I put forward three changes that I see as necessary if we are to advance:
1) Sexual Equality: While gender equality has advanced by leaps and bounds, sexual equality – that is the actual ability of men and women to pursue their valid (read: legal and reasonable) sexual desires – has lagged behind. For examples of this we need only look to the remaining prevalence of sexual harassment and sexual assault.
2) The Rights of the Child: Children are under-respected in our society. The do not participate in political life to any meaningful extent and are excluded entirely from legitimate economics. Do I in any way want children as political leaders or legal employees? God no. But we do need to realize that our societies current focus on politics and economics, as well as growing worries regarding population pressure, mean children can be seen as an unproductive and even problematic sector of society.
3) Personal Responsibility: While this behaviour is arguably endemic in our culture (how else could it be so prevalent?) it is not just that the responsibility fall on children to ‘spot a predator’ to report it to their parents or the authorities. It often threatens they very innocence and right to normal development that the prevention of sexual seeks to maintain. Offenders and potential offenders alike need to take responsibility. That is why it is primarily a criminal justice matter. But just like there are socio-economic factors in theft or murder, so there are here. And here, more than those other cases, the weight on the individual to control their behaviour is even grater. Pedophiles don’t do what they do because they need to eat, or because they feel they live in a ‘kill or be killed’ culture. That illogic is obvious enough even for a mentally sound person to see as universally understood, sick or not. Anti-depressants and testosterone inhibiting drugs have been shown to have some effectiveness. Offenders and individuals with problems of ideation need to consider these. Yet, it is important to remember that most pedophiles have probably been abused or exposed to abuse themselves. Behaviours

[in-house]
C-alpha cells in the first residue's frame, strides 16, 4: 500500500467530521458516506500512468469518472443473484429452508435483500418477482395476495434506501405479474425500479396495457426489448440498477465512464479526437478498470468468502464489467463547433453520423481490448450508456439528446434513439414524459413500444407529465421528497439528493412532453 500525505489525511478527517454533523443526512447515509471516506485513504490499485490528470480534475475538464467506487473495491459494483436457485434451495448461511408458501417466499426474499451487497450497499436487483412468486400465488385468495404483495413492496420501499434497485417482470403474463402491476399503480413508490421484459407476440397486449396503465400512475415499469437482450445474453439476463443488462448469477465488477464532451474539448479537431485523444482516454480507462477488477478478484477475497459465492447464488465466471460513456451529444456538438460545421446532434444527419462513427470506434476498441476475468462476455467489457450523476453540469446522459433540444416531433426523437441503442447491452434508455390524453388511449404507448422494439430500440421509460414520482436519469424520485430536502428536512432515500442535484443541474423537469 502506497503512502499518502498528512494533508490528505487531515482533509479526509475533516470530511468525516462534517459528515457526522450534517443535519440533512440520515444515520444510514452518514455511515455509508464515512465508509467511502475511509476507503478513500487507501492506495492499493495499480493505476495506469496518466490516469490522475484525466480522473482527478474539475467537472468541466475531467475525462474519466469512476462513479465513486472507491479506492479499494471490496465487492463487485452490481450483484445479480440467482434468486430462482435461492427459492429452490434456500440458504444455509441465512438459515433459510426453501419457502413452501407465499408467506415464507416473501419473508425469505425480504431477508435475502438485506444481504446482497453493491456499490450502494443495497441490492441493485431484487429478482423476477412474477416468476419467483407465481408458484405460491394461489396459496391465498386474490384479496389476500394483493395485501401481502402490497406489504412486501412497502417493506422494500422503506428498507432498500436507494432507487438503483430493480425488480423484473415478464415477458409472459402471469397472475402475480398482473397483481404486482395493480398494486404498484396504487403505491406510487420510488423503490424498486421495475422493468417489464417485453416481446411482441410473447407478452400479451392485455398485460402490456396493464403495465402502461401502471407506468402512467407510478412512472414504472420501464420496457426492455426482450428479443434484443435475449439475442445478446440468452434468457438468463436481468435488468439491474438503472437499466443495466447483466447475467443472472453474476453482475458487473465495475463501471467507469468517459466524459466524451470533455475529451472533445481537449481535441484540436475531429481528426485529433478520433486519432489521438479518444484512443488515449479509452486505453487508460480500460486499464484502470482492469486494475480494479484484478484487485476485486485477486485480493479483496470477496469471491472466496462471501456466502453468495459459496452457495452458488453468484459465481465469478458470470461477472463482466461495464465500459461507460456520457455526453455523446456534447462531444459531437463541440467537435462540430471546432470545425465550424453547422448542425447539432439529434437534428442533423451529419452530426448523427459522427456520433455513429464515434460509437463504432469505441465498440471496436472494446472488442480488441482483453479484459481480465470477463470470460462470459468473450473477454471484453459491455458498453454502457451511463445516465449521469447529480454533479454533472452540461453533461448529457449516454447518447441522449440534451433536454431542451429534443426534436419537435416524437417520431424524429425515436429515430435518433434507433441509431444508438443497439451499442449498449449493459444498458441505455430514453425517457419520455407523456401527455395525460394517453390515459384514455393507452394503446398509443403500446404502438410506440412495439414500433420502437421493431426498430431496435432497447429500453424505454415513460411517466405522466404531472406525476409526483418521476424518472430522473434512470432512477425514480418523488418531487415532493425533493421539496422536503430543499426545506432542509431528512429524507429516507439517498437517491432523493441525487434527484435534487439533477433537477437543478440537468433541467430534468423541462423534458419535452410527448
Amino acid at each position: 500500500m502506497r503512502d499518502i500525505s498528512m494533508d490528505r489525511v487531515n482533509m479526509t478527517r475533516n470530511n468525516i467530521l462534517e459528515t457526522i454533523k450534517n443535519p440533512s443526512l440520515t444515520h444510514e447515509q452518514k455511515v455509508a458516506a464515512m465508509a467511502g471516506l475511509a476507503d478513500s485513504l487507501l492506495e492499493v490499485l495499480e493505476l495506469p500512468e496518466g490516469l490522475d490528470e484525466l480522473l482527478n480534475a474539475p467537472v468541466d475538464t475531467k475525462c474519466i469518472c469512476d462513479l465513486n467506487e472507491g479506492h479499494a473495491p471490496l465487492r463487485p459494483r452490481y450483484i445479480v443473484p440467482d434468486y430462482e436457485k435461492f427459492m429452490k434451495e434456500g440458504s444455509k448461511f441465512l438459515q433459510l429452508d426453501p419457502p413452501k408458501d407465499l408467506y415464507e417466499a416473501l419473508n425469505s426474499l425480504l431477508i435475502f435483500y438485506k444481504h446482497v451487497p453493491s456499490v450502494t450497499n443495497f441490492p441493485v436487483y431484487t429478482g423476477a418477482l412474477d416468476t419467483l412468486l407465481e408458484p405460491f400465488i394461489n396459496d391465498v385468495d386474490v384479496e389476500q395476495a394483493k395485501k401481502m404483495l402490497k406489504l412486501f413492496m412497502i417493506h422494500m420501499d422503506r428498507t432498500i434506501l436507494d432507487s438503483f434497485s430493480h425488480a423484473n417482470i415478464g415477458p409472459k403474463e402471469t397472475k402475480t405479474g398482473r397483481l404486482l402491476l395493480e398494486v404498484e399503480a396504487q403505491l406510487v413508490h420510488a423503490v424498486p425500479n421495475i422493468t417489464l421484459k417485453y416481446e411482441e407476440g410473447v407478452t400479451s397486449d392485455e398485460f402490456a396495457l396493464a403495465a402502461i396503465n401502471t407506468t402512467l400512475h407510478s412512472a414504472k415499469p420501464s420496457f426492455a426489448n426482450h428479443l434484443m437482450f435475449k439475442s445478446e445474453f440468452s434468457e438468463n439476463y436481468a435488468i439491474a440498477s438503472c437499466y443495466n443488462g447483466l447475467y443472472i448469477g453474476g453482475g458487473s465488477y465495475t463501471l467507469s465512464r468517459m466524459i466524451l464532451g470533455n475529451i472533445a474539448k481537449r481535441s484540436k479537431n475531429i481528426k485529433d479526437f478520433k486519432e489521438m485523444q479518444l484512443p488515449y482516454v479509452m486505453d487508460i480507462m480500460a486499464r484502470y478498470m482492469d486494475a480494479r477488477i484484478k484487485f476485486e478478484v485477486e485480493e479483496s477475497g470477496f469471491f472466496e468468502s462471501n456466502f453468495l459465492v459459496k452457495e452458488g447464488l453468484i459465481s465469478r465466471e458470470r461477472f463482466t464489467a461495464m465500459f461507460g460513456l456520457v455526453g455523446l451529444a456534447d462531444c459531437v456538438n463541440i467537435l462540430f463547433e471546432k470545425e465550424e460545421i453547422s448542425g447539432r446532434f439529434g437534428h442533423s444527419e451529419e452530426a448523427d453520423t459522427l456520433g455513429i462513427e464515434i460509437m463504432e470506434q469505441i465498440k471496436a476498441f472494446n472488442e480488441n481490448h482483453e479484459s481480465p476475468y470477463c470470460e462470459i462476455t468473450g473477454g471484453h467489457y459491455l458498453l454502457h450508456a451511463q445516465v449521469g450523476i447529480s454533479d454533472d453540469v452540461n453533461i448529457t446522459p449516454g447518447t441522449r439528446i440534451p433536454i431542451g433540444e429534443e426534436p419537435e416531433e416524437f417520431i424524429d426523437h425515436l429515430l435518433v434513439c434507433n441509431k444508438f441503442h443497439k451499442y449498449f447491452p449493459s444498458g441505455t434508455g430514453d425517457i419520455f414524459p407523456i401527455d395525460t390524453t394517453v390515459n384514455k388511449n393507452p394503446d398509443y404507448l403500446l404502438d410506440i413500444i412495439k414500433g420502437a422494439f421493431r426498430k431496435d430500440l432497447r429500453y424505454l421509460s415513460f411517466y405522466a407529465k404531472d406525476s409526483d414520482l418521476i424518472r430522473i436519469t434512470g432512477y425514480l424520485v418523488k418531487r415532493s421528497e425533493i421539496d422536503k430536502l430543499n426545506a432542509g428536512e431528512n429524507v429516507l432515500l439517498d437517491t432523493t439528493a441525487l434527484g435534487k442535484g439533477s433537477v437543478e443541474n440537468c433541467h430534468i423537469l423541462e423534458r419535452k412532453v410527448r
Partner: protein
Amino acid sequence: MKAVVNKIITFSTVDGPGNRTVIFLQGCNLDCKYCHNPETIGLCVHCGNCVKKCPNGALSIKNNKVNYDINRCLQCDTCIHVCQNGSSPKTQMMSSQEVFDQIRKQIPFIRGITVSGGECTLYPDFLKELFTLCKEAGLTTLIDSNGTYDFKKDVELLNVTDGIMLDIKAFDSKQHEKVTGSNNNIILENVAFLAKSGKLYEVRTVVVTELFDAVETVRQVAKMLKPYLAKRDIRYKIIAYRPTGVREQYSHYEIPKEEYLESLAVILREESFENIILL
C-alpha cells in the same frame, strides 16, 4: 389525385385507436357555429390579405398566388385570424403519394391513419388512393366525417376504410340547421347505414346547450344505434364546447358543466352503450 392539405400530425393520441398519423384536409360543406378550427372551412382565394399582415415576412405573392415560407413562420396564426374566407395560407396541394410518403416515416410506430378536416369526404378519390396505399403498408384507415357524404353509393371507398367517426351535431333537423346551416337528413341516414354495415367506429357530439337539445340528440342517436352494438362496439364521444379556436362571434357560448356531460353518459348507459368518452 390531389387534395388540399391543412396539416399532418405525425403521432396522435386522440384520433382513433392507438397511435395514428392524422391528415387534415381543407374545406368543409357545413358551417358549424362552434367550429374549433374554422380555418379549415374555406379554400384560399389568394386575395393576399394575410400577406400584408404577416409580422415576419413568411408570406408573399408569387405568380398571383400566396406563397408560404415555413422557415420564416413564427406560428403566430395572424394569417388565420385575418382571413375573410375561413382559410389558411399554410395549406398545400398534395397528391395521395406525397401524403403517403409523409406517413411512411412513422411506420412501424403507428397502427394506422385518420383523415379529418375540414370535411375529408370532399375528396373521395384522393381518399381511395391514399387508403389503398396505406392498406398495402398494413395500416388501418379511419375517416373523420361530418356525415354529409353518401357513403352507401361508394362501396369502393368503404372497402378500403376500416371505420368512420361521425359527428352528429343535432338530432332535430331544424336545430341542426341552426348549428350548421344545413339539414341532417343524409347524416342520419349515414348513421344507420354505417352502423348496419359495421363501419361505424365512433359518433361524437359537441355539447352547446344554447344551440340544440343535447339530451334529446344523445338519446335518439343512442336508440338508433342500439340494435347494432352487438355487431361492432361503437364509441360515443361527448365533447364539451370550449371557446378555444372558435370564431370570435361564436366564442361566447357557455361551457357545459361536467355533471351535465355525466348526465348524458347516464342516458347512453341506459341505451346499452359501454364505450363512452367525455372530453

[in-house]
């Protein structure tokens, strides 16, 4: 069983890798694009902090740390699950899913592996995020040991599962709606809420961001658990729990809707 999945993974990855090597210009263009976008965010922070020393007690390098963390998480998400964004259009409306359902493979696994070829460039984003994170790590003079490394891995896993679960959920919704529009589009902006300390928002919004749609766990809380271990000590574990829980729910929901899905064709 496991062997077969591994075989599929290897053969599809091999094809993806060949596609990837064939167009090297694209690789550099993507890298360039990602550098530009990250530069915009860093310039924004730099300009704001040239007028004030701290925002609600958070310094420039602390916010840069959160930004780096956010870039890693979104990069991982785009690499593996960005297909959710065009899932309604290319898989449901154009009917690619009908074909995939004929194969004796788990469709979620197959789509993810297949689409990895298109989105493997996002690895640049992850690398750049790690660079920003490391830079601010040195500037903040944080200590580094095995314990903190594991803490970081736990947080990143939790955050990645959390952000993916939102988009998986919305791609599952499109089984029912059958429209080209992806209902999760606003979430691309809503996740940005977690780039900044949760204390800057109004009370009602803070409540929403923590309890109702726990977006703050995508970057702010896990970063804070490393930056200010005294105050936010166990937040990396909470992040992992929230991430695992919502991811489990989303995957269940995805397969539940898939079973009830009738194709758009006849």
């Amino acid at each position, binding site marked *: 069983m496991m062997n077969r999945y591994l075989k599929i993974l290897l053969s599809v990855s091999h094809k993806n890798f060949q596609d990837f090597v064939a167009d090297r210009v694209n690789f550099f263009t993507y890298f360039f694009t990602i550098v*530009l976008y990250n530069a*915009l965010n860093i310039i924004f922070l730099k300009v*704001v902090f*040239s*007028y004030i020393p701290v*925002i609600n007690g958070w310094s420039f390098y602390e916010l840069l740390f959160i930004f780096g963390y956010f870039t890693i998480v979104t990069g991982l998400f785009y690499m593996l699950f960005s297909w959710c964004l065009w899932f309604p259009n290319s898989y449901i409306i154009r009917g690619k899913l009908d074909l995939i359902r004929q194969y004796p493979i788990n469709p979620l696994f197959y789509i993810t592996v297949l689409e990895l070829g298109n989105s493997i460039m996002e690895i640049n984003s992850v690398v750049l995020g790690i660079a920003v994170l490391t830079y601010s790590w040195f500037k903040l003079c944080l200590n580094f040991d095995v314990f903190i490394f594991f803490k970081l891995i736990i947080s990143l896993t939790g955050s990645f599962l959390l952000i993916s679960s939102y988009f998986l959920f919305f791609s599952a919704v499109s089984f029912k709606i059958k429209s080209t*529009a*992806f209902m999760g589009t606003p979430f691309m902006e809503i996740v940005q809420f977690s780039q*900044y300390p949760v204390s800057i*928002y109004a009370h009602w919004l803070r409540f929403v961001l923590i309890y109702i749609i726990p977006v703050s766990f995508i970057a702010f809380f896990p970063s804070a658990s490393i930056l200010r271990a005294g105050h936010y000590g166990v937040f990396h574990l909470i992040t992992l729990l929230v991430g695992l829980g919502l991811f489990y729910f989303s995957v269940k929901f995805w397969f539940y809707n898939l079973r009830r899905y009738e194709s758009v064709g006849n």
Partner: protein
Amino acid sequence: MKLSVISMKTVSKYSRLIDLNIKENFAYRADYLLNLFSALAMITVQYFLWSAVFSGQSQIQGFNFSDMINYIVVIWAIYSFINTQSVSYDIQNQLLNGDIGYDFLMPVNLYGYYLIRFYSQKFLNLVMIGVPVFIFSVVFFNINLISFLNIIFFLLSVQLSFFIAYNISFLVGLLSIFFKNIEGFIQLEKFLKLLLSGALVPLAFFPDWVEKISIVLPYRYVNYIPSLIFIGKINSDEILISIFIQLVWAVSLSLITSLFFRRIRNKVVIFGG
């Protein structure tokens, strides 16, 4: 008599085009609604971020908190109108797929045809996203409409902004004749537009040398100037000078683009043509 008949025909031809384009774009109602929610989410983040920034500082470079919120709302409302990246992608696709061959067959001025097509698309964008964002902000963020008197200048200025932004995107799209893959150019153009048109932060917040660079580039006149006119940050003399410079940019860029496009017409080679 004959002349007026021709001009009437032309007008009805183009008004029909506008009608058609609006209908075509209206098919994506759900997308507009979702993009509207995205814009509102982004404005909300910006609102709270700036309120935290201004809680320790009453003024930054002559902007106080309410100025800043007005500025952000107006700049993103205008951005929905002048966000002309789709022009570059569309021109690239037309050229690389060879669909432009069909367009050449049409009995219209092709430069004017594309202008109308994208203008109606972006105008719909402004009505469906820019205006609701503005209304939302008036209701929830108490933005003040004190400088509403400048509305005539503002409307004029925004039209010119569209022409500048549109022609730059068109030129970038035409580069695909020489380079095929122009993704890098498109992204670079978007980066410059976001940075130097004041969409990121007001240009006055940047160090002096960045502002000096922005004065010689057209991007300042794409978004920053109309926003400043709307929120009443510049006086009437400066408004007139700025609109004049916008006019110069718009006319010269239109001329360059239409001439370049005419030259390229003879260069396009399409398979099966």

rarely do not emerge in a vacuum.
Hopefully in addressing and exploring these factors society at large can come to a better understanding of the root causes of pedophilia and treat it the only feasible way; before it ever happens.
I would like to mention Margaux Fragoso’s brave memoir, Tiger, Tiger, which was instrumental in giving me the understanding and the courage to talk about publically in a reasonable and emotionally detached way.
I would recommend ‘ Tiger, Tiger ‘ to anyone who has been affected in any way by pedophilia, to anyone who is interested in considering pedophilia as a social ill, or to anyone who disagrees with any of my points above. I welcome criticism and comment, but unless you have personal experience or a considerable background of knowledge I would beg you to consider that thoughtless commenting or attacking of my arguments. Thoughtless and fear driven commenting is exactly what could contribute to the continued fear of victims to speak out against their abusers, and the continued belief by abusers that what they do (or may be thinking about doing) is not grievously and obviously harmful and wrong.
TIGER, tiger, burning bright
In the forests of the night,
What immortal hand or eye
Could frame thy fearful symmetry?
-William Blake, ‘The Tiger‘, quoted in the opening of M. Fragoso’s memoir
Please consider the following links:
http://www.theglobeandmail.com/news/national/two-canadians-arrested-in-global-child-porn-investigation/article1944189/ – Recent bust demonstrating the continuing prevalence of the problem
http://hubpages.com/hub/Understand – Blog of a courageous victim and relative of a pedophile
http://www.nsvrc.org/sites/default/files/Publications_NSVRC_Directories_A-National-Resource-Directory-Handbook-Preventing-Child-Sexual-Abuse.pdf – One of many handbooks available on-line detailing how communities can educate children and try to effectively manage child sexual abuse